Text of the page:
Alexander Ehmann

Liberal Democrat Councillor for St Margaret's and North Twickenham Learn more

A Liberal Democrat Vision for St Margaret’s

by alexanderehmann on 15 June, 2015

Yesterday, I wrote to Conservative Cabinet Member, Pamela Fleming setting out a number of ambitious projects for St Margaret’s as part of the Council’s Village Plan consultation (due to conclude on the 29 June).  The big asks were:

–   Improvements to St Margaret’s Train Station, including step-free access and overall improvements to the aesthetics and facilities at the station.

–  Upgrading Moormead Park Facilities, including a road-map to the refurbishment of Moormead Pavilion and consideration of youth facilities.

–  Investing in Cycle Improvements, including greater provision of on-street cycle storage.

–  Boosting Car Parking Space, including a village-wide audit of potential sites for parking bay extension or new provision.

–  Safeguard the Chertsey Road (A316) Footbridge, making it an “Asset of Community Value”, asking the Council to set aside repair funds & naming the bridge.

The Liberal Democrats are the only party to have a clear and resident-focussed vision for St Margaret’s; one which acknowledges the need for improvements in our otherwise wonderful community.  Our Plan, which was sent to Cllr Fleming lays out clear areas for improvement by the Conservative administration.  Residents can safely rely on the fact that I and my fellow Liberal Democrat Ward Councillors will continue to press for these changes.

Nothing in today’s requests have grand financial or resource implications for the Council.  These are modest local improvements that require the full support of our Council’s leadership.  The Village Plan process has to deliver more for St Margaret’s than warm words – the issues are clear and action must be taken. The full document can be found below:


St Margaret’s Village Plan

The Liberal Democrat Councillors for St Margaret’s and North Twickenham have not been provided with any opportunity to meet or contribute to the St Margaret’s Village Plan on behalf of their constituents.  It has therefore been necessary to write in this way to ensure that the Conservative Council are provided with views of all three Councillors from the aforementioned Ward.

As the elected representatives for the area covered by the proposed Village Plan it would have seemed appropriate for the Council to have more actively sought our views.  The following constructive contributions are offered and we would be grateful if the Council leadership could respond to them.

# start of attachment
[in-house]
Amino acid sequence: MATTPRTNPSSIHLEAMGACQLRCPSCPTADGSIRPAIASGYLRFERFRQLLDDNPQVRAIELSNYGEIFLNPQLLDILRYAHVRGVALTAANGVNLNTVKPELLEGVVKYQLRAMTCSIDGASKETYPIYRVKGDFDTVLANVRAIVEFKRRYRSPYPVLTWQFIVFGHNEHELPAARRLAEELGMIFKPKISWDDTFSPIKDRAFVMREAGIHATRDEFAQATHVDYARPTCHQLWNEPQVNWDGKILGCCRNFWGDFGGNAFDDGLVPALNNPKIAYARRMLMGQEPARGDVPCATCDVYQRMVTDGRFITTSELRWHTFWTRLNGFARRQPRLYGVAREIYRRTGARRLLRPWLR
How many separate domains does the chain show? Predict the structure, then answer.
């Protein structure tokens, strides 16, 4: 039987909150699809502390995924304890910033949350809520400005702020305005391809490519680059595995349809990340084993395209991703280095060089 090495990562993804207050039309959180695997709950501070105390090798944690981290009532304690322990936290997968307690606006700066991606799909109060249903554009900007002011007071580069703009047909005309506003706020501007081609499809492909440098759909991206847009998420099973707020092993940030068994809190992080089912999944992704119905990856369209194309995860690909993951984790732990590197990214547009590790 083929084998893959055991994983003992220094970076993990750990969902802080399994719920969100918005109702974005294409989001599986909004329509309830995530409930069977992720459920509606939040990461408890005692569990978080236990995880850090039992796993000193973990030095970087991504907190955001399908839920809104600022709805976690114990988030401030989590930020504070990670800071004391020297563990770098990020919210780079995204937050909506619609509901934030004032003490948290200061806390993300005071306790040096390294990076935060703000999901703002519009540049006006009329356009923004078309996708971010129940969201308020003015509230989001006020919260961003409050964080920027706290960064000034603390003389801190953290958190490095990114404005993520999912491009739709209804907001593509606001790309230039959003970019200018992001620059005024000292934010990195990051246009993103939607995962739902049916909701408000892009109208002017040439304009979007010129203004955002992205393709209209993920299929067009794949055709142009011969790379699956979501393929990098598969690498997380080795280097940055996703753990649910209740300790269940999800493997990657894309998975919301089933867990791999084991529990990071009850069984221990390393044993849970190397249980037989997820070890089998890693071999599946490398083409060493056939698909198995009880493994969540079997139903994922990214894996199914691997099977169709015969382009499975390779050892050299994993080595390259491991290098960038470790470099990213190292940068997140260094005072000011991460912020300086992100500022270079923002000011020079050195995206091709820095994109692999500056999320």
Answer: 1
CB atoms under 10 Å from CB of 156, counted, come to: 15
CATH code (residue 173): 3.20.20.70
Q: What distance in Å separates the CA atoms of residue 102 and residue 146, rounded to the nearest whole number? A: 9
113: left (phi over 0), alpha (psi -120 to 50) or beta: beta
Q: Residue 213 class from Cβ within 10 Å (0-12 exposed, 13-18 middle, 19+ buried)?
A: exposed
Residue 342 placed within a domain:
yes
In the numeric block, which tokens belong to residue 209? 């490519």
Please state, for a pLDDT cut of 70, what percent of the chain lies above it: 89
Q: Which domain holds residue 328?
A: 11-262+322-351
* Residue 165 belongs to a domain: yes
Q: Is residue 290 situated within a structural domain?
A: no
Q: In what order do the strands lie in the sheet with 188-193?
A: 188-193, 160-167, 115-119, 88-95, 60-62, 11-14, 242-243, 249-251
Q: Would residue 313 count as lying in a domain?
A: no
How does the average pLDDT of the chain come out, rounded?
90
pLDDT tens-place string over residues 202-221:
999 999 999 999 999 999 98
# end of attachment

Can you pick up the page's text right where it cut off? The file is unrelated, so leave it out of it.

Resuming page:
Our Liberal Democrat Plan for St Margaret’s Village

The following is a document detailing our asks of the Conservative administration in order to improve our much-loved community of St Margaret’s. We would like to preface these requests made as part of the Village Plan, with the observation that the Council are not arbiters of style or taste – it is the residents who should decide. As such, we believe that the following proposals have the broad support of our residents. Of course all significant changes should remain subject to meaningful consultation with those in our communities, before being implemented.

We would also add that it is not for the Council’s leadership to be grammar-tsars or punctuation-chiefs. As such, we politely request that the Council desist from their efforts to remove our community’s rich variety of approaches to the punctuation used or refrained from in the name ‘St Margaret’s’. As Liberals, we believe that everyone is entitled to the freedom to choose how they ink the name of their community. We would discourage any Council efforts to enforce a certain style of address and believe that the question – what is the right way to punctuate ‘St Margaret’s’ is as eternal as the question, what is the meaning of life, the universe and everything?’  – and should be left as a welcome, yet unsolved challenge to future generations of residents. For the record, we Liberal Democrats favour the apostrophe in ‘St Margaret’s’, but we will not force this on the community.

1: St Margarets Train Station: